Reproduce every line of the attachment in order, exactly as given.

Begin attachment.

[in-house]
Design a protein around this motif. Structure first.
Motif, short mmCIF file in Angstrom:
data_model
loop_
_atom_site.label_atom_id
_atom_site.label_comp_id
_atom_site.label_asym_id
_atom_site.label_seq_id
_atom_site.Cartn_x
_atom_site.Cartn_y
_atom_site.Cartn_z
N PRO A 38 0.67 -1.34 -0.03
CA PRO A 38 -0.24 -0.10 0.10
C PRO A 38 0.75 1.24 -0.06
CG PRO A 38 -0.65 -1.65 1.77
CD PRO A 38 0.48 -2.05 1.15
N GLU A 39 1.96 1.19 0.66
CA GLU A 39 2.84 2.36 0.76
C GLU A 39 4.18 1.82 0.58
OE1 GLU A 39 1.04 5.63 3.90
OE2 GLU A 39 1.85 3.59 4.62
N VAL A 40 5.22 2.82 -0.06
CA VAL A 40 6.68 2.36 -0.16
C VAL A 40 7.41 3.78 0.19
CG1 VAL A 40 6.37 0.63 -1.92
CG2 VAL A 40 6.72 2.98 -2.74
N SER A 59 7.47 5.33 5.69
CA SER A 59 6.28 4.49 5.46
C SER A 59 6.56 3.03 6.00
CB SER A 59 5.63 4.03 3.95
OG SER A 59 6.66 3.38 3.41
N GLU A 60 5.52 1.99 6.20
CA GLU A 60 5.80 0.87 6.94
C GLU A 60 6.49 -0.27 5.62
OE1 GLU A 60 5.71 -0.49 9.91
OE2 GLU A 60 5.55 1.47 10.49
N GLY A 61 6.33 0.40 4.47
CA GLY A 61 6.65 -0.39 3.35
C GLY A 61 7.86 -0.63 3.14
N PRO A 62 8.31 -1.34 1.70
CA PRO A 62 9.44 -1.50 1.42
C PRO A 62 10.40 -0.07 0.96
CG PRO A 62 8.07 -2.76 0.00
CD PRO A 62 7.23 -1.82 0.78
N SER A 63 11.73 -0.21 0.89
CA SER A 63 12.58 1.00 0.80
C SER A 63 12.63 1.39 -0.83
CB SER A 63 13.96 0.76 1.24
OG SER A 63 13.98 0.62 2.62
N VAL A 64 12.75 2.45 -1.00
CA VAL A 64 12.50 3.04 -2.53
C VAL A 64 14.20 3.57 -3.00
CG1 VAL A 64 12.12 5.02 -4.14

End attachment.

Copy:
[in-house]
Design a protein around this motif. Structure first.
Motif, short mmCIF file in Angstrom:
data_model
loop_
_atom_site.label_atom_id
_atom_site.label_comp_id
_atom_site.label_asym_id
_atom_site.label_seq_id
_atom_site.Cartn_x
_atom_site.Cartn_y
_atom_site.Cartn_z
N PRO A 38 0.67 -1.34 -0.03
CA PRO A 38 -0.24 -0.10 0.10
C PRO A 38 0.75 1.24 -0.06
CG PRO A 38 -0.65 -1.65 1.77
CD PRO A 38 0.48 -2.05 1.15
N GLU A 39 1.96 1.19 0.66
CA GLU A 39 2.84 2.36 0.76
C GLU A 39 4.18 1.82 0.58
OE1 GLU A 39 1.04 5.63 3.90
OE2 GLU A 39 1.85 3.59 4.62
N VAL A 40 5.22 2.82 -0.06
CA VAL A 40 6.68 2.36 -0.16
C VAL A 40 7.41 3.78 0.19
CG1 VAL A 40 6.37 0.63 -1.92
CG2 VAL A 40 6.72 2.98 -2.74
N SER A 59 7.47 5.33 5.69
CA SER A 59 6.28 4.49 5.46
C SER A 59 6.56 3.03 6.00
CB SER A 59 5.63 4.03 3.95
OG SER A 59 6.66 3.38 3.41
N GLU A 60 5.52 1.99 6.20
CA GLU A 60 5.80 0.87 6.94
C GLU A 60 6.49 -0.27 5.62
OE1 GLU A 60 5.71 -0.49 9.91
OE2 GLU A 60 5.55 1.47 10.49
N GLY A 61 6.33 0.40 4.47
CA GLY A 61 6.65 -0.39 3.35
C GLY A 61 7.86 -0.63 3.14
N PRO A 62 8.31 -1.34 1.70
CA PRO A 62 9.44 -1.50 1.42
C PRO A 62 10.40 -0.07 0.96
CG PRO A 62 8.07 -2.76 0.00
CD PRO A 62 7.23 -1.82 0.78
N SER A 63 11.73 -0.21 0.89
CA SER A 63 12.58 1.00 0.80
C SER A 63 12.63 1.39 -0.83
CB SER A 63 13.96 0.76 1.24
OG SER A 63 13.98 0.62 2.62
N VAL A 64 12.75 2.45 -1.00
CA VAL A 64 12.50 3.04 -2.53
C VAL A 64 14.20 3.57 -3.00
CG1 VAL A 64 12.12 5.02 -4.14